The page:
Singapore is using robots to detect bad behavior among the public
Singapore has turned to robots in a bid to deter lawbreakers in the city-state. But before you have visions of Robocop marching around the streets declaring, “Come quietly, or there will be… trouble,” know that these machines are less gun-wielding cyborg and more Wall-E.
Reuters reports that Singapore has started testing a couple of robots, called Xavier, on patrols in areas with high foot traffic.
Rather than being on hand to prevent violent crimes—Singapore is ranked as one of the safest countries in the world—they will be on the lookout for “undesirable social behaviors.” These include flouting Covid-19 safety measures (such as “the congregation of more than five people”), smoking in prohibited areas, improper parking of bicycles, and illegal hawking.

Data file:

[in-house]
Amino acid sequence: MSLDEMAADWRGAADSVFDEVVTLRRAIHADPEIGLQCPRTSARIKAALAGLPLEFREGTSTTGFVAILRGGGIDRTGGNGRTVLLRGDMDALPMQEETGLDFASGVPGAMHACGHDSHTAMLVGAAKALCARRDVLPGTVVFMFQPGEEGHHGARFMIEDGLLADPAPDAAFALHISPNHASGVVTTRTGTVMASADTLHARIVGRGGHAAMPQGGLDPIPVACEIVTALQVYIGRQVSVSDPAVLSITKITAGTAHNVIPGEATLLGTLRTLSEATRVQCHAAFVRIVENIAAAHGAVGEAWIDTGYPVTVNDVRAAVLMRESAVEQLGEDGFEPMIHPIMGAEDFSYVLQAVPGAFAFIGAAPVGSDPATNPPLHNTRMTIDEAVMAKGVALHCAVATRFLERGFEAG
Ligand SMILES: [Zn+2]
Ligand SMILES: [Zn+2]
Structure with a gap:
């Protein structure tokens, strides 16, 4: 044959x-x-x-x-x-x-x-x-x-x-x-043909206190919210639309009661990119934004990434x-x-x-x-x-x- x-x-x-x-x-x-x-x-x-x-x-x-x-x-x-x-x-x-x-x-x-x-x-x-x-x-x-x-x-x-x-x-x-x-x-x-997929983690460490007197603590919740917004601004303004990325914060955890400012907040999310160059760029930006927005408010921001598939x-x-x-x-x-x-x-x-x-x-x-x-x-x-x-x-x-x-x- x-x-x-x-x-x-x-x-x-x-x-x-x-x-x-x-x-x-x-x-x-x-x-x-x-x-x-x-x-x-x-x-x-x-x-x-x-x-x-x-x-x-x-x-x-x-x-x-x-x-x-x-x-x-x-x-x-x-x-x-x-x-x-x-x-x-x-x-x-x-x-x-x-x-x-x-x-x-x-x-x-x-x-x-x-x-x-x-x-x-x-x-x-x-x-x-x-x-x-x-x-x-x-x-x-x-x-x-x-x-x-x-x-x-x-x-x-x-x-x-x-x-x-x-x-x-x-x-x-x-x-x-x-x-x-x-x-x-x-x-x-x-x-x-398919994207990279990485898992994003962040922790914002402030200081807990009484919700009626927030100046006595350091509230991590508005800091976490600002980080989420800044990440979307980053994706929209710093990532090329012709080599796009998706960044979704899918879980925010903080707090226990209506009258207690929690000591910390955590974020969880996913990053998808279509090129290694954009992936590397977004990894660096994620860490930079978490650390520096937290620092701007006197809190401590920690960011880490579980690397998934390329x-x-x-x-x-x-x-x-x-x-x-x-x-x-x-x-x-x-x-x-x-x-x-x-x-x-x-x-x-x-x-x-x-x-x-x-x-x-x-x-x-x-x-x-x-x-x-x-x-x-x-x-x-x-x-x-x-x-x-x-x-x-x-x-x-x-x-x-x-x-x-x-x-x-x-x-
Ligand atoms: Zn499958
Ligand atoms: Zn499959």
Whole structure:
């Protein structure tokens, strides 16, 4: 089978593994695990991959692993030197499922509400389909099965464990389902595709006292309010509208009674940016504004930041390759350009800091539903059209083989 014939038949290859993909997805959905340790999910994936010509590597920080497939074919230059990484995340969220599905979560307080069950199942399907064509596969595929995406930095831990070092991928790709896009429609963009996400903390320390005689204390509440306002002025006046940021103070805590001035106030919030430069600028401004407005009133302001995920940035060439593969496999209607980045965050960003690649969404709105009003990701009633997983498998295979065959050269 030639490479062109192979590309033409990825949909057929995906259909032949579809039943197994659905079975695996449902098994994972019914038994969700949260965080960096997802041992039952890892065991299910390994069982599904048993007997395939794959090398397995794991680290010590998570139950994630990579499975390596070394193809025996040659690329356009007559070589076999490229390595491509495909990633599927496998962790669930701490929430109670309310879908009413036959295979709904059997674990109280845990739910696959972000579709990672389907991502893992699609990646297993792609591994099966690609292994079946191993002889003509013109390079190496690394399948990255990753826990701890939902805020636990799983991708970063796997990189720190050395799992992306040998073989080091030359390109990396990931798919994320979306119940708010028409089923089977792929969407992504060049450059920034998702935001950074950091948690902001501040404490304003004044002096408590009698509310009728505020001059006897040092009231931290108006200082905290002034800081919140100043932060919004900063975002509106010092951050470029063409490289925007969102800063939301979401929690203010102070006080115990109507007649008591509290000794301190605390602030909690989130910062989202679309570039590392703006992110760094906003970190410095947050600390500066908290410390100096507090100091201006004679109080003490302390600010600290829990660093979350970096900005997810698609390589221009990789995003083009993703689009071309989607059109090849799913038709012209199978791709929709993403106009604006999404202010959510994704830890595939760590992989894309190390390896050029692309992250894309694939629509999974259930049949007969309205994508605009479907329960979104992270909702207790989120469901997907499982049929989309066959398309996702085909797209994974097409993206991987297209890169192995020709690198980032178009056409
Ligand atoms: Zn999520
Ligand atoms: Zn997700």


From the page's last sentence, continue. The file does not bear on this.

The robots are equipped with 360-degree IR and low-light cameras that detect this antisocial behavior. If the AI system identifies any of the prohibited activities, the command and control center is alerted.
The robots are also fitted with an array of sensors that help them navigate the city autonomously, avoiding objects, pedestrians, and vehicles, hopefully. They will also be showing messages on their screens to educate the public on proper behavior, which will doubtlessly help endear them to the average person.
A spokesperson for Singapore’s Home Team Science and Technology Agency said the robots would not be used for law enforcement during the trial. “The deployment of Xavier will support the work of public officers as it will reduce the manpower required for foot patrols and improve operation efficiency,” the agency said.
Singapore plans to double its number of surveillance cameras to 200,000 by the time 2030 rolls around, not including those on the robots, presumably.
We’ve seen similar surveillance/security robots in the US, several of which have been attacked and pushed over. One of them even dove into a fountain—the pressures of the job becoming too much, perhaps.